Wyoming Lands High-Tech Holographic System To Test Concepts Before Implementation

With zSpace, entrepreneurs can run simulations of their prototypes, refining them in three dimensions before sending a finished design to a 3D printer. 

Renée Jean

December 15, 20227 min read

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(Cowboy State Daily Staff)

By Renée Jean, Business and Tourism Reporter

The sun will come out tomorrow for sure, but there’s one other thing that will bring future light to Wyoming’s entrepreneurs. 

It’s called zSpace, and the high-tech holographic system arrives at Laramie County Community College on Thursday, after an instructor won a $50,000 grant in a national competition to bring zSpace to the Advanced Manufacturing and Materials center. 

Minden Fox wrote the grant for what will be the first zSpace in the Cowboy State. She picked a “Twilight Zone” theme to sell it during the recent national competition in Boston, even styling her outfit to fit with the television series.

High-Tech Makerspace

The technology will dovetail with the college’s Concept Forge, envisioned as a place where student entrepreneurs can take their ideas and dreams and forge them into three-dimensional reality. 

“The Concept Forge has a mix of creative tools like 3D printers in a couple of different varieties — metal 3D printers, resin 3D printers — and we’re bringing in a sublimation printer, a new laser etching machine, more sewing machines and soldering stations,” Fox told Cowboy State Daily. “(There’s also) Raspberry Pi systems, photography and a photography studio. I know I’m forgetting something, but those are kind of the big fun things that are coming.”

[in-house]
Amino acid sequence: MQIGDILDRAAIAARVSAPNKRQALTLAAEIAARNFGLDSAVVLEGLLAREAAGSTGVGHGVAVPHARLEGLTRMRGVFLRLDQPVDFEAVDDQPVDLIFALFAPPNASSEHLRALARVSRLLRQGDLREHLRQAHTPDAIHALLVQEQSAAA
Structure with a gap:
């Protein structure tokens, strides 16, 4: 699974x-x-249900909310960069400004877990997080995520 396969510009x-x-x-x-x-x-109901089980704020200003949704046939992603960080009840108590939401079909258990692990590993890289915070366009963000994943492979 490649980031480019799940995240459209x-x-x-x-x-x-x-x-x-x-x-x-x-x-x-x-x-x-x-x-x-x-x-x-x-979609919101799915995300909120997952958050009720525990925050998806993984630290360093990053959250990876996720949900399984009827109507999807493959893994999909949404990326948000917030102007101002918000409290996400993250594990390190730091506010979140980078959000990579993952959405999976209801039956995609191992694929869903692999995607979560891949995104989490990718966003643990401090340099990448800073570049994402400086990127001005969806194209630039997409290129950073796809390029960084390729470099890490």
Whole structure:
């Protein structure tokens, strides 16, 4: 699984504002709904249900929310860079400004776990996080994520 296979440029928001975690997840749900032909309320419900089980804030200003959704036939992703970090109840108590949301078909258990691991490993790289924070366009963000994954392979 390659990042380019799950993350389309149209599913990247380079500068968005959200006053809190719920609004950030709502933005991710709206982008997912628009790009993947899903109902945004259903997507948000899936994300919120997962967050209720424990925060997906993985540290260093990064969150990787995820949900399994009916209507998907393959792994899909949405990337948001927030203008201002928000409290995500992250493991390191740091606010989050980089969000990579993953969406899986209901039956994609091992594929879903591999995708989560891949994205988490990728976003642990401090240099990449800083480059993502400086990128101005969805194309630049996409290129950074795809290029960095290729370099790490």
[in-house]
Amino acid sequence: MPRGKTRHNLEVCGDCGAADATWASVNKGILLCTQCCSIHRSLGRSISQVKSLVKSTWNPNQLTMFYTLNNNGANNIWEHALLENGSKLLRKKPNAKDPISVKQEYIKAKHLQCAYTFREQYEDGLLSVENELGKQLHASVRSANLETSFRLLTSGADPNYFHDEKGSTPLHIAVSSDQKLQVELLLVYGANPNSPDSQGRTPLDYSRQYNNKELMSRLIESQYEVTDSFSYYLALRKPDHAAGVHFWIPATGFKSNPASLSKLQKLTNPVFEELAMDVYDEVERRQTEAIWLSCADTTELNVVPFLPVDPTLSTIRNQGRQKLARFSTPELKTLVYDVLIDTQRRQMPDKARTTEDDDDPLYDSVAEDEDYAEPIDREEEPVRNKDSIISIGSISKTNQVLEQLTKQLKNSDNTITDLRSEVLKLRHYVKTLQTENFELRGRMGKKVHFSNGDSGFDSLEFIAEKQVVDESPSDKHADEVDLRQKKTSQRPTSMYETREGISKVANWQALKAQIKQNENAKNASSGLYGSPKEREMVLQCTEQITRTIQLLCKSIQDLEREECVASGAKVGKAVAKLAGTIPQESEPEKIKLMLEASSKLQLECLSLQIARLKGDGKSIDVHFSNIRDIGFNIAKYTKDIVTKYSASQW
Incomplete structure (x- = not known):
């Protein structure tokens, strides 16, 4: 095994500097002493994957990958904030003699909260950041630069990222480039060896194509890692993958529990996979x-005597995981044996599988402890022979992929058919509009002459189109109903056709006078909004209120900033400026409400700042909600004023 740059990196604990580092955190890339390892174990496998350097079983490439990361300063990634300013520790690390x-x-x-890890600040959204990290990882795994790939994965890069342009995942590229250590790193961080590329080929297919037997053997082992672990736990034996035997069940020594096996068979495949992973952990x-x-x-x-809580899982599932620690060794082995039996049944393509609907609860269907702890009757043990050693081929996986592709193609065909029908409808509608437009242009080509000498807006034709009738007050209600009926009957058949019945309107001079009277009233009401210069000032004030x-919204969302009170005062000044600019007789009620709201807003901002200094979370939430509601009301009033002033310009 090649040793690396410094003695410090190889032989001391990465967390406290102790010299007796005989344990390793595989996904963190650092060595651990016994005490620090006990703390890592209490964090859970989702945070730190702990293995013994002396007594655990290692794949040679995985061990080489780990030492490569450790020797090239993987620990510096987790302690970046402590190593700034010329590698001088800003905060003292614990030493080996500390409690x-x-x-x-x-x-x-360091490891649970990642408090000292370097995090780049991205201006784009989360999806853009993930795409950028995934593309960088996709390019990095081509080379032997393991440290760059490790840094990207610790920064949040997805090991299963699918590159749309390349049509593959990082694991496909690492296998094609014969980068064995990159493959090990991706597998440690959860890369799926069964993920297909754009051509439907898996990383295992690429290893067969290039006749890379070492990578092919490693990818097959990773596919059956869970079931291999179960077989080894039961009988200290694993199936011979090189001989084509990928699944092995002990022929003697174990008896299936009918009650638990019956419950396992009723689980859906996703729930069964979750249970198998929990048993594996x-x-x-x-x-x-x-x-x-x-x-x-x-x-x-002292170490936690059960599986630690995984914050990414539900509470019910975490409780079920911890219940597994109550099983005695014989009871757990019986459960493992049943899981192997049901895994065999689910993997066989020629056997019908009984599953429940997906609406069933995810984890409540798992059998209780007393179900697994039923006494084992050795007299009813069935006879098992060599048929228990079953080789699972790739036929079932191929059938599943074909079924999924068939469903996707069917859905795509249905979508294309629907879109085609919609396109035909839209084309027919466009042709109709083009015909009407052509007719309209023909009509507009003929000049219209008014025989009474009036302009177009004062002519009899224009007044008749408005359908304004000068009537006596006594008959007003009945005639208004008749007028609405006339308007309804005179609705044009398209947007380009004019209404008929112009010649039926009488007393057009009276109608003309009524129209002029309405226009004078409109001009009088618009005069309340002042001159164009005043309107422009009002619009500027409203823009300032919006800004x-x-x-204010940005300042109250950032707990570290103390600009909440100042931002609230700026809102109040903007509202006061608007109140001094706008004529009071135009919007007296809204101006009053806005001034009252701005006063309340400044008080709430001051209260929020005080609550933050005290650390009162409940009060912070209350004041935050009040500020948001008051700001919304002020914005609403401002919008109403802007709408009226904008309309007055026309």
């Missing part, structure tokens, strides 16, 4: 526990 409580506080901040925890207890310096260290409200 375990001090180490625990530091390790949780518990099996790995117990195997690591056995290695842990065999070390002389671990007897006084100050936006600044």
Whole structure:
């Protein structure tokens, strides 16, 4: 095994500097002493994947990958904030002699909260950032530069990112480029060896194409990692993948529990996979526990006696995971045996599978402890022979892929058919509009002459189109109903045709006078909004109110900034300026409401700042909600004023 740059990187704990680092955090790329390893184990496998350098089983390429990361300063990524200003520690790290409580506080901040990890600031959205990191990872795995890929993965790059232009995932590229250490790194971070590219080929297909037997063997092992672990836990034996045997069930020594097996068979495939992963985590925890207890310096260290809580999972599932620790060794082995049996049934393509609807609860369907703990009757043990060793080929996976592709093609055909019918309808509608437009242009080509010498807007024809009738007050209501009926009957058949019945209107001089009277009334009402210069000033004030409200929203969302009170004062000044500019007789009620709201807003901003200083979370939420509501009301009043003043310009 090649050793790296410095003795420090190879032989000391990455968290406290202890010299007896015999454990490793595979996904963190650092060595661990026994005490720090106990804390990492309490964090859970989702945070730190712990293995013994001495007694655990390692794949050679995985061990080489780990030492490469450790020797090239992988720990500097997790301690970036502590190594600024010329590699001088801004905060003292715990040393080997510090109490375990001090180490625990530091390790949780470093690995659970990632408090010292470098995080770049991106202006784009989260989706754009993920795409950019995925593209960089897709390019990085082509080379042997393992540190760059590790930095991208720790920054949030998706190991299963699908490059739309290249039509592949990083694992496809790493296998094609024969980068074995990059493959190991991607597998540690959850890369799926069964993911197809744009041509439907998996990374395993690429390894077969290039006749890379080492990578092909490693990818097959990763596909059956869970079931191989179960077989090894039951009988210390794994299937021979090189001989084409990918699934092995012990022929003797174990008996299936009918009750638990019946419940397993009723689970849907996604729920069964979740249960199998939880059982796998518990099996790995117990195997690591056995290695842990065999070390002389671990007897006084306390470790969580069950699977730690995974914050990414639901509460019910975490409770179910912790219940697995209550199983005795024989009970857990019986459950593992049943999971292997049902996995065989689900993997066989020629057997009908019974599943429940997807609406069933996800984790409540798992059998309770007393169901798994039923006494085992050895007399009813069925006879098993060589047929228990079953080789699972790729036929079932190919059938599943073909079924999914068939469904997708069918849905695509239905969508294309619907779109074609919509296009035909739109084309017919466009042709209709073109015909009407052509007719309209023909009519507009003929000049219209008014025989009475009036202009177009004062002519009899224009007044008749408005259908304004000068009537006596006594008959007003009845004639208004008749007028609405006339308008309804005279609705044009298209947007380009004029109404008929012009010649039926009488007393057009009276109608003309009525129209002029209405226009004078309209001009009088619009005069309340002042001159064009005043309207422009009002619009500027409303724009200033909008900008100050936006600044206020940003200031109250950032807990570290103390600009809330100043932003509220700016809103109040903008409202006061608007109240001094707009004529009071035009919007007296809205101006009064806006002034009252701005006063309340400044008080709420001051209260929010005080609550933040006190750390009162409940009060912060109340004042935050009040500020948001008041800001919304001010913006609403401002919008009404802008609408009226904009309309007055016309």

A Star Trek Holodeck On A Laptop

Photographs of zSpace in action show a student manipulating a floating, three-dimensional engine and all of its parts, moving them around with a stylus. 

The student can slice into the engine to peer inside it, or even “explode” it. That is, blow out the engine into all its individual components to interact with each part and see how it functions in the whole design.

There also are images showing students similarly slicing into a heart to see inside it and learn how it functions inside the human body. 

Applications are endless, Fox said.

“Their software has the potential to cater to pretty much every single program on campus,” she said. “To give them an augmented reality setup to help students learn and experience things that they might not have been able to see, where we might have to say, ‘This is how this system works even though you can’t see it.’”

Art, STEM, agriculture, health — even something as abstract as math — there’s likely already an application for it in zSpace to help take student learning to a new dimension.

“It’s not just about starting small businesses,” Fox added. “It’s about that mindset as a whole and becoming a stronger employee for wherever you go.”

A New Way To Prototype

But a big part of zSpace and the Concept Forge is helping students develop their entrepreneurial ideas into reality.

With zSpace, students can run simulations of their prototypes, refining them in three dimensions before sending a finished design to a 3D printer. 

Typically, inventors might have to build several iterations of a prototype to get one that really works. Using zSpace can help cut down the expense of the process, waste fewer materials and help advance the idea more quickly.